Call to MPs to improve legal framework for preventing sexual harassment

The phenomenon of sexual harassment in the labor relations should be a priority in the public agenda. Statistics show that each fifth working woman faces subtle forms of harassment, such as looks, touches and caresses, while four in 100 women face serious forms of harassment. 20% of the women face sexual harassment at the place of study and only 15% of the women report these cases. The Council for Preventing and Eliminating Discrimination and Ensuring Equality, the Women’s Law Center and the Partnership for Development Center call on the MPs to improve the legal framework for preventing this phenomenon.

In a news conference at IPN, Arina Ţurcan, lawyer for the Women’s Law Center, said the phenomenon of sexual harassment is rather present in Moldova, but is less reported by the law enforcement agencies. “The number of cases that were recorded and reported by the Prosecutor’s Office and the police is relatively low compared with the gravity and share of this phenomenon. According to the Prosecutor General’s Office, there were 31 notifications of sexual harassment in 2019 and 22 criminal cases were started over these. At the end of 2019, the PGO was handling 30 criminal cases started based on complaints about sexual harassment.

Arina Ţurcan noted the phenomenon should be treated seriously, while the normative framework should be clear and comprehensive so that the victims of sexual harassment obtain an effective legal remedy. “We need a comprehensive and clear legal framework as the analyses of the regulations show that the mechanism for protecting the victims from sexual harassment is now rather unclear, also because we have at least five institutions empowered to investigate facts related to sexual harassment. As long as no clarity is ensured by law, as regards the responsible institution and the conditions in which the victim can seek help, the victims are confused and preconditions can also appear for these cases to be transferred from one institution to another,” stated the lawyer.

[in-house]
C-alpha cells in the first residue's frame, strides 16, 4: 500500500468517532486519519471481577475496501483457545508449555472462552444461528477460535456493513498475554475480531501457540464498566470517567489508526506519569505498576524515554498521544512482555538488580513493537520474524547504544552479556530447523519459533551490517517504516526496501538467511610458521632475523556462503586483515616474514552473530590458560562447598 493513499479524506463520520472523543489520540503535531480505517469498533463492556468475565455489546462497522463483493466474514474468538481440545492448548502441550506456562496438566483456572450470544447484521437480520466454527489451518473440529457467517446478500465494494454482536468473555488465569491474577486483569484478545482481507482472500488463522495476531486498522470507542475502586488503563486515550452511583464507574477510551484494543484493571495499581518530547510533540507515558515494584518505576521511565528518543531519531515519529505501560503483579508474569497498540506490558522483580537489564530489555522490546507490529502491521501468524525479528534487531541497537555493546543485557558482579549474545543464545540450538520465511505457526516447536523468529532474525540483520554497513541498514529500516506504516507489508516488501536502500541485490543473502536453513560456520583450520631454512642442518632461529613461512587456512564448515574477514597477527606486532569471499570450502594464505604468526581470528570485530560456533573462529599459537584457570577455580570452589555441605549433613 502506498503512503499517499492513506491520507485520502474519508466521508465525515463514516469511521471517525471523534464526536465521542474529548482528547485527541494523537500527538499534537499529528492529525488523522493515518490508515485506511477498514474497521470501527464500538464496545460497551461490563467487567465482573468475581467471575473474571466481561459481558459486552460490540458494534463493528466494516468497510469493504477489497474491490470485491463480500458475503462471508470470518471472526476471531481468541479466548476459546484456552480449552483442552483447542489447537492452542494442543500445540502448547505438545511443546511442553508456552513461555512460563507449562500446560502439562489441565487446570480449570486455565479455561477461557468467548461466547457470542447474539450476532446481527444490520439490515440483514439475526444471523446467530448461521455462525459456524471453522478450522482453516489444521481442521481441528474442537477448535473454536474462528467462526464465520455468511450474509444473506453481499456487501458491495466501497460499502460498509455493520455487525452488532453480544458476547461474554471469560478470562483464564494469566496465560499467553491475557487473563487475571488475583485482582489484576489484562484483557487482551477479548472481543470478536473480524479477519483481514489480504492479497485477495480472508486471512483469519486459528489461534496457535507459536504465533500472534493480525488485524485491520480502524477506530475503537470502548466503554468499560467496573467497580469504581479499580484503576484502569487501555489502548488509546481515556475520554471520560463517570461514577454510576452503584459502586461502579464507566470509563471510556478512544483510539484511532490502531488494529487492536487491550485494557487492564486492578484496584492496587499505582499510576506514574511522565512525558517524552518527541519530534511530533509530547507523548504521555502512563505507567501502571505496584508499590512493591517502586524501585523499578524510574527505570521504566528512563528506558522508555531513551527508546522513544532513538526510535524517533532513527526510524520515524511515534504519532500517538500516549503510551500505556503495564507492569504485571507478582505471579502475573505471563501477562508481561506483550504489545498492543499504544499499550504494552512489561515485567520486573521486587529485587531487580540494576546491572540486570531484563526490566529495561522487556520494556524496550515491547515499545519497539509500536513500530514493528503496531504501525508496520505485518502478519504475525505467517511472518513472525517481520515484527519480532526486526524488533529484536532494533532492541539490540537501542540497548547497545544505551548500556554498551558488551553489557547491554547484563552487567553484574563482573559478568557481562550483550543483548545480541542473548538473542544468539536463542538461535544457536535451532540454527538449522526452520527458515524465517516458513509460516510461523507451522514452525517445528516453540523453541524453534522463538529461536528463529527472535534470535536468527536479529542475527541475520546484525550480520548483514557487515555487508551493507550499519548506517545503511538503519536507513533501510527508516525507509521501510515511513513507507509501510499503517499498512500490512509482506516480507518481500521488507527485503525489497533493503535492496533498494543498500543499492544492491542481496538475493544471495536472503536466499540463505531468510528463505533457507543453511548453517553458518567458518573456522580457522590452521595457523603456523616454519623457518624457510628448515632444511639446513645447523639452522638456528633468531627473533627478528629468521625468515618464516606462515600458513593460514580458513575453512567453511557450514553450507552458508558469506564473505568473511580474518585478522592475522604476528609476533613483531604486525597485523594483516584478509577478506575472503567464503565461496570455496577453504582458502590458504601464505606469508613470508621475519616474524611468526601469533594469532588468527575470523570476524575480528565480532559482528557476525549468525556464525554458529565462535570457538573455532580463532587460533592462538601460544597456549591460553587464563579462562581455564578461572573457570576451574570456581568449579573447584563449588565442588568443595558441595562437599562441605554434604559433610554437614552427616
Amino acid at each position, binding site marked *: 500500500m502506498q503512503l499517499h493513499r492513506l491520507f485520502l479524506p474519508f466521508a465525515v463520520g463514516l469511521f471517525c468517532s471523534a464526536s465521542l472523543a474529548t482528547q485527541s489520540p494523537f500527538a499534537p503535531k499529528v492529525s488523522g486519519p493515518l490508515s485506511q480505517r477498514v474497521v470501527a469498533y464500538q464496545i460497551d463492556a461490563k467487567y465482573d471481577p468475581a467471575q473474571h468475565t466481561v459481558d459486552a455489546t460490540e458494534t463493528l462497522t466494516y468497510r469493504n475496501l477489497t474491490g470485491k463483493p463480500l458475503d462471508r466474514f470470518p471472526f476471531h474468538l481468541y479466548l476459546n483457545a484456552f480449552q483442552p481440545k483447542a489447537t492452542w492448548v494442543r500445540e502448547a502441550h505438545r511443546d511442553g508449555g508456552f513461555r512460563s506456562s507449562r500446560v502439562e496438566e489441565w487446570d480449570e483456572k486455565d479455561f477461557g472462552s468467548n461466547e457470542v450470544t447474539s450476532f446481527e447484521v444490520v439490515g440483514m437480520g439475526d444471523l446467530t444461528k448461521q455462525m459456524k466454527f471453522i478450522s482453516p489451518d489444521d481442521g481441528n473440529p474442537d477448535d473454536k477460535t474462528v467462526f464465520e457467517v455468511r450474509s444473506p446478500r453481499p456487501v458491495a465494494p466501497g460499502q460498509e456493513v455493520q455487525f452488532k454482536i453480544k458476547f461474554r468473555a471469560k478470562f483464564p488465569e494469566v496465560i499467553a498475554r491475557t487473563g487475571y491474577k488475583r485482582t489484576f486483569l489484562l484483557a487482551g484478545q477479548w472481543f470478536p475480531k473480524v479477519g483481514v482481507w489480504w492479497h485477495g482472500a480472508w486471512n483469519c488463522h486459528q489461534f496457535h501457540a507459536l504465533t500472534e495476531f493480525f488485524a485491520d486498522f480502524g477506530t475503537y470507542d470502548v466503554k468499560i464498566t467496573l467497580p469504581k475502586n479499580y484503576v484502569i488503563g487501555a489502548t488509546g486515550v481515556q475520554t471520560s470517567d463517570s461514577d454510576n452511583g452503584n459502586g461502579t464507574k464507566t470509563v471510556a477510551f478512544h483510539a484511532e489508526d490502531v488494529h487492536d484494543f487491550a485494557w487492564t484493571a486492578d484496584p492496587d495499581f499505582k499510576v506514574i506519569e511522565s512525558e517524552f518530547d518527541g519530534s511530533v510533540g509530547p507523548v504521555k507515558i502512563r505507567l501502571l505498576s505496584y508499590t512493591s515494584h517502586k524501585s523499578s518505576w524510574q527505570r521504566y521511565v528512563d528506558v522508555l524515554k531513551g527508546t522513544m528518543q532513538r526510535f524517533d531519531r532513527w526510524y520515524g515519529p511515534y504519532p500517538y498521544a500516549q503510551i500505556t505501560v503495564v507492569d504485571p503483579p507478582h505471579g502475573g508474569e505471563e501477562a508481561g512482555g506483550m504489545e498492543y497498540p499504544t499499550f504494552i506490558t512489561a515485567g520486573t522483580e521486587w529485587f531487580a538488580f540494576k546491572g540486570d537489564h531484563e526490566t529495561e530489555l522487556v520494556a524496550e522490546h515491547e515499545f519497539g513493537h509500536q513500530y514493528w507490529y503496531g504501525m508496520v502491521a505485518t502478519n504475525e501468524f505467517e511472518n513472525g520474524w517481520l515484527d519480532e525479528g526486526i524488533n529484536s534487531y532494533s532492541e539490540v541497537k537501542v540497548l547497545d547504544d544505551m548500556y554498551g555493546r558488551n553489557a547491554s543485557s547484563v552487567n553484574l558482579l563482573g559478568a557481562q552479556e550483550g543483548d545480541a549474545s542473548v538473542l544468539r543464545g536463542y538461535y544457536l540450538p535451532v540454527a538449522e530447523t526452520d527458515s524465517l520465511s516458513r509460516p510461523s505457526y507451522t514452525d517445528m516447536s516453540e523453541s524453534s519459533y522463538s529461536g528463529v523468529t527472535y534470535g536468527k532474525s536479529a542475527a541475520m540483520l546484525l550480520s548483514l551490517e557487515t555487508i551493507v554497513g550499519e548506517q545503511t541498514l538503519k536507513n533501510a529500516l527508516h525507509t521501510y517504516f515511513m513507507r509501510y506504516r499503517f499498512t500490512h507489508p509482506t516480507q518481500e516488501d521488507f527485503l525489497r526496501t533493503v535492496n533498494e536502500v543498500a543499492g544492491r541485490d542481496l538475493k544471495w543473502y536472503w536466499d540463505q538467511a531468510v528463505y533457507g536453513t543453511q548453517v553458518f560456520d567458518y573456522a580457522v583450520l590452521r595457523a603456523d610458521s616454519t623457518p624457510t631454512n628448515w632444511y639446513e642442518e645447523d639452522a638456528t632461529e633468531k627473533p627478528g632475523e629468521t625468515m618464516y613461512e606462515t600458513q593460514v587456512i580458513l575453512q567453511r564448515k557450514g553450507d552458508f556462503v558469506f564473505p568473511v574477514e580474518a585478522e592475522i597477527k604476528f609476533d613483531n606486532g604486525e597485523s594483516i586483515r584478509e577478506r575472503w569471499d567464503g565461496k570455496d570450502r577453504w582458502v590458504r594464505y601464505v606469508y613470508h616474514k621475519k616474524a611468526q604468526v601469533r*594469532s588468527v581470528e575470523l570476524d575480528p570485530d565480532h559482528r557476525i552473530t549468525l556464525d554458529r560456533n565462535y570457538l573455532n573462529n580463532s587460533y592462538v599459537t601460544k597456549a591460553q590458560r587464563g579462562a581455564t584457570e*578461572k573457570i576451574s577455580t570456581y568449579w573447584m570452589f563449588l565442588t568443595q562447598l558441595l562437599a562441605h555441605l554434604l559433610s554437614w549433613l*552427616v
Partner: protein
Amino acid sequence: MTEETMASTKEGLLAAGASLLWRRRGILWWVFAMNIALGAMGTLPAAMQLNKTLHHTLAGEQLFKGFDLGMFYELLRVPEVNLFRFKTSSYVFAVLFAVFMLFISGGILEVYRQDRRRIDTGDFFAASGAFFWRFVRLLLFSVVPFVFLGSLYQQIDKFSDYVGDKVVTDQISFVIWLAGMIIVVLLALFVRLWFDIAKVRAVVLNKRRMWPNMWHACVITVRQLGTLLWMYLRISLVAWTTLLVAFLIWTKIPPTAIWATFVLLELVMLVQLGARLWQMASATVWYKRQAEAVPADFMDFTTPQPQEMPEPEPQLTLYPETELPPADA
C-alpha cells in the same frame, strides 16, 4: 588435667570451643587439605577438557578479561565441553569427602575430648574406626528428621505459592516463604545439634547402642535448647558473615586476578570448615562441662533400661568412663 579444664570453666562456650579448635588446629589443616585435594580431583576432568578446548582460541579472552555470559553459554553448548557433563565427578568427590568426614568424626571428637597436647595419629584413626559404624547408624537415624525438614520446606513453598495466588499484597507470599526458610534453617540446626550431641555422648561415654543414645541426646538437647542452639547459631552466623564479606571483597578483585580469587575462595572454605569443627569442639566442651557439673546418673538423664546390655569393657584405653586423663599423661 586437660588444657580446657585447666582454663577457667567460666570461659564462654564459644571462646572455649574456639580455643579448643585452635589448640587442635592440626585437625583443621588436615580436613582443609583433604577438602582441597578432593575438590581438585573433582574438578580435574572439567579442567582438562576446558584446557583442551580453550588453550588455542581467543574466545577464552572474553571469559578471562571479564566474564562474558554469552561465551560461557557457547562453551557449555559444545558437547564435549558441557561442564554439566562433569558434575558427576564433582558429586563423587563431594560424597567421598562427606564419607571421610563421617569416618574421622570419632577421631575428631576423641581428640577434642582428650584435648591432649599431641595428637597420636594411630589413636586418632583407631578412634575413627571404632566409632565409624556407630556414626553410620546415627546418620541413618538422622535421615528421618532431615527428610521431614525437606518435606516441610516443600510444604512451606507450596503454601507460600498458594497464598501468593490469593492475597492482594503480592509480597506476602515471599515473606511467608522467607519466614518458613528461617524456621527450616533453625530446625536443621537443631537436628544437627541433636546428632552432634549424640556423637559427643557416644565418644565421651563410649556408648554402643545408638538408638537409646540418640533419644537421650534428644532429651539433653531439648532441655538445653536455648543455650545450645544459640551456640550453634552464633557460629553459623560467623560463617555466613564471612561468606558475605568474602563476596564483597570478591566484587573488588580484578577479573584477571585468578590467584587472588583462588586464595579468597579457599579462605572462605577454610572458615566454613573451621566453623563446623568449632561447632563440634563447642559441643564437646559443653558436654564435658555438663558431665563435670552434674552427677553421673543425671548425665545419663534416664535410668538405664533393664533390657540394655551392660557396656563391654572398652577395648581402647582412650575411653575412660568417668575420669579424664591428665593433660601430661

According to her, the bill provides clarification, especially when it goes to harassment as a form of discrimination, including according to the gender criterion. “This bill, besides specifying the acts of harassment according to the gender criterion, when these take the form of discrimination, reviews the penalties for these offenses. There was also introduced a new offense component for victimization,” said Arina Ţurcan, noting the bill also contains amendments to the norms concerning the employers’ obligation to prevent acts of sexual harassment at the workplace and to the Contravention Code, which stipulate penalties for not fulfilling this obligation.

The member of the Gender Equality Platform Alina Andronache, the representative of the Partnership for Development Center, reiterated the necessity of making particular legislative amendments and the call to the authorities to take measures to prevent sexual harassment in the labor relations. “Despite all the efforts made by the nongovernmental sector to promote particular legislative measures to prevent and combat sexual harassment, especially at the workplace, today we do not yet have very clear regulations, a registered bill that would address the phenomenon from all the perspectives and would ensure the protection of the rights of victims of this phenomenon,” stated Alina Andronache.

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